Doing the work that brings true equality

Article written by Rachel Lwin, member of the Diversity + Community Engagement Committee (D+CE) and expresses her views. At TNSM, we are grateful to have this D+CE forum that allows opportunities for members of our community to share their own beliefs, always with the goal of  expanding our understanding of each other’s experiences and points of view.

Last week, DC+E committee members Claudia Lòpez and Allie Precht shared their dialogue about the mixed feelings that they, and perhaps many of us, have about monthly recognitions like Women’s History Month. I, for one, found myself internally nodding along to their points as I read their conversation. I’m reminded of a workshop I attended as an intern during graduate school. I worked for a grant-making agency that was hosting a workshop for some of their awardees; if memory serves (a tenuous assumption these days), the awardees offered after-school or out-of-school outreach programs for children. One workshop exercise in particular sticks out, during which the participants were asked to write a description of how they hoped their organization would be faring in ten years’ time. One group styled their description as an obituary announcing the closure of their organization, which provided meals, shelter, and literacy services for out-of-school children. In ten years’ time, according to this “obituary,” the organization had achieved its goal of eliminating structural instability and disenfranchisement, providing the resources and support necessary to equalize access and opportunities for all the children in their community. Their success had brought about their own obsolescence.

Is that the ultimate goal of many mission-driven nonprofits: to be so good at serving their constituents and championing their causes that they’ll eventually not be necessary anymore? Organizations like amFAR might one day cease to exist because of advances in HIV prevention and treatment, diplomacy, and technology that can more seamlessly distribute medical care to all parts of the globe. It’s a beautiful dream, isn’t it?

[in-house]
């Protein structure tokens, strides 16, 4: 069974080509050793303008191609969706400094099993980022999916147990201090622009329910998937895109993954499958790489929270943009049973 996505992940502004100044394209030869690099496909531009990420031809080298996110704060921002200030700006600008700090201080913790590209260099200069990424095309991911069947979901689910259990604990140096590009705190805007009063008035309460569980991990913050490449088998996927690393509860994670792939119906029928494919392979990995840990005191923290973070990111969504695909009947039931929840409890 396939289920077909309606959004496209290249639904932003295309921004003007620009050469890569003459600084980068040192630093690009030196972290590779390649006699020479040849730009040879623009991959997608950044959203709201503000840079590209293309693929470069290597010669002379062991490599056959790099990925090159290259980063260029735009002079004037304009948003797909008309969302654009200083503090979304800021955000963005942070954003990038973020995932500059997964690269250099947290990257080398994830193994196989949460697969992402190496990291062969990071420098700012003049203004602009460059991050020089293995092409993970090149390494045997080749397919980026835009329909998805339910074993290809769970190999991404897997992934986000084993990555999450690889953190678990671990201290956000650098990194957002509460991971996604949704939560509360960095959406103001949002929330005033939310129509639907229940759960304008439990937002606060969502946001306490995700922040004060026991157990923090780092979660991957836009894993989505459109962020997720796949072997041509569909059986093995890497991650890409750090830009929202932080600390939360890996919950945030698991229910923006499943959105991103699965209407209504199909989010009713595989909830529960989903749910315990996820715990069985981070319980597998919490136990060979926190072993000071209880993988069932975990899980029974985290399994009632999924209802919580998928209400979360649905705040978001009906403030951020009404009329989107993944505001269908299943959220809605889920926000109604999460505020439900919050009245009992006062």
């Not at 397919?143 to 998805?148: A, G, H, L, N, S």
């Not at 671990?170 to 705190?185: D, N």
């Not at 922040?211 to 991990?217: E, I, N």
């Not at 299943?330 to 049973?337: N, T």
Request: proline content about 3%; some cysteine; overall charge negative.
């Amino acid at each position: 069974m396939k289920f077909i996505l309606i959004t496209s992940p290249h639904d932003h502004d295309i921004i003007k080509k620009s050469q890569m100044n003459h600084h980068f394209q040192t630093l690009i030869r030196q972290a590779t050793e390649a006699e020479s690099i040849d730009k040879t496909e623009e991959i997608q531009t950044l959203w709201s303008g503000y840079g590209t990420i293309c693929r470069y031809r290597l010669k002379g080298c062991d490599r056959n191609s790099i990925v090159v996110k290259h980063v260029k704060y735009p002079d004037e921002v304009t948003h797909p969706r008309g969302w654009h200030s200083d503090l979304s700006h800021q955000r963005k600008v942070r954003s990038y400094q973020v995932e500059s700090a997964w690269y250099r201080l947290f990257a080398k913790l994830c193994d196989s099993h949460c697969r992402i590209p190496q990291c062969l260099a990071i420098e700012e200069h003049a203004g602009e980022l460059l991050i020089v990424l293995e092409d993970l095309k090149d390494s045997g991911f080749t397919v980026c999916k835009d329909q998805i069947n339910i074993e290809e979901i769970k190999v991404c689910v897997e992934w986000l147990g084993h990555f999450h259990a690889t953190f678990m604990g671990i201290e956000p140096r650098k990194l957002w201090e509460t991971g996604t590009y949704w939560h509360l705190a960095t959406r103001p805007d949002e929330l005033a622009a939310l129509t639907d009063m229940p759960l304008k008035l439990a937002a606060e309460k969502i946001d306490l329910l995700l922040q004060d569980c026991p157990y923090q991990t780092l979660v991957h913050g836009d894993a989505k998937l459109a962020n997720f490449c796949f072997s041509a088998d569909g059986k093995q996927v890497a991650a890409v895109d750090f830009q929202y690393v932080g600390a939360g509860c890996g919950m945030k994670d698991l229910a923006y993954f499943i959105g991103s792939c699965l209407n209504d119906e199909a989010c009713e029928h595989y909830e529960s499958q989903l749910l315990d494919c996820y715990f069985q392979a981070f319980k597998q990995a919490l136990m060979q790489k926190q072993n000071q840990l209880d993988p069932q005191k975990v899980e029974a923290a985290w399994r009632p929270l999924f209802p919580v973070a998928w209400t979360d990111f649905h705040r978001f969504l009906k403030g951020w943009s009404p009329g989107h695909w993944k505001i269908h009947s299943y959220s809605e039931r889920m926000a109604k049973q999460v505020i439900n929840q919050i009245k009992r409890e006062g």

This all comes back to the recognition months and why we acknowledge them and (if) we need them. Claudia and Allie so eloquently discussed this in last week’s post, so I’ll try not to reinvent the wheel here. What if, though, we are truly successful at making space for and empowering people of all genders, races, and socioeconomic classes in our social and political discourse? What if we fully integrate and acknowledge the significance–even just the very presence–of disenfranchised women of our past, present, and future? Perhaps we will be writing an obituary, not for Women’s History Month, but for the time in our cultural history when we needed such a month.

Does your family observe a tradition or cultural holiday that you’d like to share with the TNSM community? Do you have a passion for or expertise in a certain area of DEI? The D&CE committee is always looking for books, resources, and classroom speakers to help deepen the cultural competency of our school community. Please reach out to us via our email address: [email protected]

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